19 Aug The Black Farmer Calling For Ethnic Diversity In Rural Settings
“It’s up to us, people of colour, to claim our right to be there, rather than be invited.”
Wilfred Emmanuel-Jones, 63, one of the UK’s only commercial black farmers, has been awarded an MBE for services to British farming in the Queen’s Honours List. He said he would continue to take action to address the “woeful lack of ethnic diversity in farming”.
After emigrating from Jamaica to Britain with the Windrush Generation, Wilfred made it his mission to move to the countryside and run his own farm. He was always “looking over his shoulder” growing up in Birmingham, and revealed that he experiences less racism in the countryside than he did growing up in urban areas.
“When we talk about diversity, it tends to be focused on urban spaces, but what about black people in rural settings? There is this massive assumption that rural Britain is racist or prejudiced.” Wilfred wants to bridge a gap between rural and urban Britain and to show people that the countryside can be as diverse as it wants to be. “It’s up to us, people of colour, to claim our right to be there, rather than be invited.”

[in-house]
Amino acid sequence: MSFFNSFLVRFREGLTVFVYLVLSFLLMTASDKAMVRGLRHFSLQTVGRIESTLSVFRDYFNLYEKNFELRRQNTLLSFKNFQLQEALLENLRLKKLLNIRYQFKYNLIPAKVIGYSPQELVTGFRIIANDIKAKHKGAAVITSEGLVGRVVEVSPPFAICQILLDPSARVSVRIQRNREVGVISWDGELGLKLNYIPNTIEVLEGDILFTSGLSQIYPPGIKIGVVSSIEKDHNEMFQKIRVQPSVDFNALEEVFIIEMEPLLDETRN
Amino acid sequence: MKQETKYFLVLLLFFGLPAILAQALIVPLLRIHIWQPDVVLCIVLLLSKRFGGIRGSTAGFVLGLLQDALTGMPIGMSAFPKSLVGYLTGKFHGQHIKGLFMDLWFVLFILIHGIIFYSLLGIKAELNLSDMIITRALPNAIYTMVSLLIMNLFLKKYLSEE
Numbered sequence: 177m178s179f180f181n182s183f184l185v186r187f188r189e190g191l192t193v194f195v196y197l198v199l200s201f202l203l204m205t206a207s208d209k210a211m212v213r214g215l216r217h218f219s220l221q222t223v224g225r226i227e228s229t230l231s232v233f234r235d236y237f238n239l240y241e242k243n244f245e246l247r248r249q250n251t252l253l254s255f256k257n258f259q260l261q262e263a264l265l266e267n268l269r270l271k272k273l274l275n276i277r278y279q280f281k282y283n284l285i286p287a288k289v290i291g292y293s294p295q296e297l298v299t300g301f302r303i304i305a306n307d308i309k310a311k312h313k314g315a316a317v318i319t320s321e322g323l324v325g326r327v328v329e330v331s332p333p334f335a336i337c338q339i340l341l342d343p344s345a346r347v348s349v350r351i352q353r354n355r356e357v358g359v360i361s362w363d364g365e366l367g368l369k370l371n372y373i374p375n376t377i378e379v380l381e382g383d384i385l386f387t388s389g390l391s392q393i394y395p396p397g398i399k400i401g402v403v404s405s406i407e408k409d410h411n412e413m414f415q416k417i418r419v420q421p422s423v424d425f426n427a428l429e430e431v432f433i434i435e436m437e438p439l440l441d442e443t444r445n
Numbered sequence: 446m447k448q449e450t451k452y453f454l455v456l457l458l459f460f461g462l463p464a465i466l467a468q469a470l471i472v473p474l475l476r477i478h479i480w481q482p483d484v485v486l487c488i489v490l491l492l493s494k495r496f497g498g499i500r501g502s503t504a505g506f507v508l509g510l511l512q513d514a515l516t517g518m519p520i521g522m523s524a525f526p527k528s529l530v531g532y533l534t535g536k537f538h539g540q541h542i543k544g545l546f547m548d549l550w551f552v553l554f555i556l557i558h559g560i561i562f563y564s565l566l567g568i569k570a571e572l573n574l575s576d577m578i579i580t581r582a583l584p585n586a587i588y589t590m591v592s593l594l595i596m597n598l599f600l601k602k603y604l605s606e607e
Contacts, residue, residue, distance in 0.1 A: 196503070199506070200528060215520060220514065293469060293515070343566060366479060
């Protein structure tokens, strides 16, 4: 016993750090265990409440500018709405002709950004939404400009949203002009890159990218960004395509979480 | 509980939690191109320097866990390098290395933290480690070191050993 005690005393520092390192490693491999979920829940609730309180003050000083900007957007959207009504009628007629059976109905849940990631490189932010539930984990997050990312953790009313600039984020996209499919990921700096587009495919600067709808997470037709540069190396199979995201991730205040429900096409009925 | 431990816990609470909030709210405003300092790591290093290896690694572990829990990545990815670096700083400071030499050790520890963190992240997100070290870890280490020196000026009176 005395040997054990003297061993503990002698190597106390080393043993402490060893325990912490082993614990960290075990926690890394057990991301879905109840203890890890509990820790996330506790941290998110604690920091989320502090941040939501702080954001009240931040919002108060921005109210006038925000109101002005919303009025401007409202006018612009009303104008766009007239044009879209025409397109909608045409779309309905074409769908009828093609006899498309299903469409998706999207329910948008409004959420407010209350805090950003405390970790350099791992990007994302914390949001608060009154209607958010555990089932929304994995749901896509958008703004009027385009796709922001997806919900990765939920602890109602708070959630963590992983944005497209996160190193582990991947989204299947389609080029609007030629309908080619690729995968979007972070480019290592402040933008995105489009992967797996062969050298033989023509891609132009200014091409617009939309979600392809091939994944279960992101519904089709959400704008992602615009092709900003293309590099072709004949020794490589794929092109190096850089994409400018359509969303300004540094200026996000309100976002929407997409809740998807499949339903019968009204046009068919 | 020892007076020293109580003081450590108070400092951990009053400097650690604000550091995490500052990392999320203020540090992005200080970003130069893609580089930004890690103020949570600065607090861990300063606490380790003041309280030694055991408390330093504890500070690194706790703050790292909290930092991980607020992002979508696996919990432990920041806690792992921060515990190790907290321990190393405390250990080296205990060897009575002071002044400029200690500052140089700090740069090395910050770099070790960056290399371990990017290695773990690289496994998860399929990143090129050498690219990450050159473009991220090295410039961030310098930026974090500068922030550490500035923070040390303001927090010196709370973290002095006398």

“Your soul, your spirit is free when all you have to do is admire the countryside and nature, rather than in an urban setting, where if you look at someone the wrong way you could get a knife in your back,” said Wilfred who aspires to see more people of colour in agriculture and rural spaces become more accessible to all.
Now as the founder of The Black Farmer brand, Wilfred has worked tirelessly to get supermarkets across the nation to support his latest venture and to amplify black voices within the food industry.
“In a sense, by having The Black Farmer, it gives people permission to use that word,” he says. “I want the brand to make people feel comfortable using that word and to see that it’s a British brand. Everything about the brand celebrates my black Britishness, not my ethnic blackness. The products are quintessentially British.”